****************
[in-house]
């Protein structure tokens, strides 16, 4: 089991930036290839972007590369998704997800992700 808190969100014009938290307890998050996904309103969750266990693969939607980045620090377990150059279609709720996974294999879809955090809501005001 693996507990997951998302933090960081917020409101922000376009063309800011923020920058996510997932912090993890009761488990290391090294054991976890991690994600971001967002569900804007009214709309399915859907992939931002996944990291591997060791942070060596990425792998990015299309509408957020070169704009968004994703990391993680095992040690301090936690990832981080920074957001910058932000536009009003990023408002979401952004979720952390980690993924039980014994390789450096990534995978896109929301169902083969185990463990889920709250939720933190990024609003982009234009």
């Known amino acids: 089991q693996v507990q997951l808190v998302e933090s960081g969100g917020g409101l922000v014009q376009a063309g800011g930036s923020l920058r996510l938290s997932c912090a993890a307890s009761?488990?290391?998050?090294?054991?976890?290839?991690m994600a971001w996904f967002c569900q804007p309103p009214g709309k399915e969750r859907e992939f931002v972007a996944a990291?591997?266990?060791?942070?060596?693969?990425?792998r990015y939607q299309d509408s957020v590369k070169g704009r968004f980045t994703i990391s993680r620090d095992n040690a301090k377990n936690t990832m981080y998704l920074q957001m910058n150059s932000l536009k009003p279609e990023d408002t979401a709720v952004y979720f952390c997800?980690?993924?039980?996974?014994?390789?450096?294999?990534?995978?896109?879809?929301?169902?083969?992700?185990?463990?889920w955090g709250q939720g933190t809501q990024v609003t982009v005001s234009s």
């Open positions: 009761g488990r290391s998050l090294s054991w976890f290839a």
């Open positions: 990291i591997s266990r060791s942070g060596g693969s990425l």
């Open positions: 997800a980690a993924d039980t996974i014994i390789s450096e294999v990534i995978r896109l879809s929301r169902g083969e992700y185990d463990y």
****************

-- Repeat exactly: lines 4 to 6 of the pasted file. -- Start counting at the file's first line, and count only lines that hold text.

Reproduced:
């Open positions: 009761g488990r290391s998050l090294s054991w976890f290839a």
């Open positions: 990291i591997s266990r060791s942070g060596g693969s990425l």
């Open positions: 997800a980690a993924d039980t996974i014994i390789s450096e294999v990534i995978r896109l879809s929301r169902g083969e992700y185990d463990y």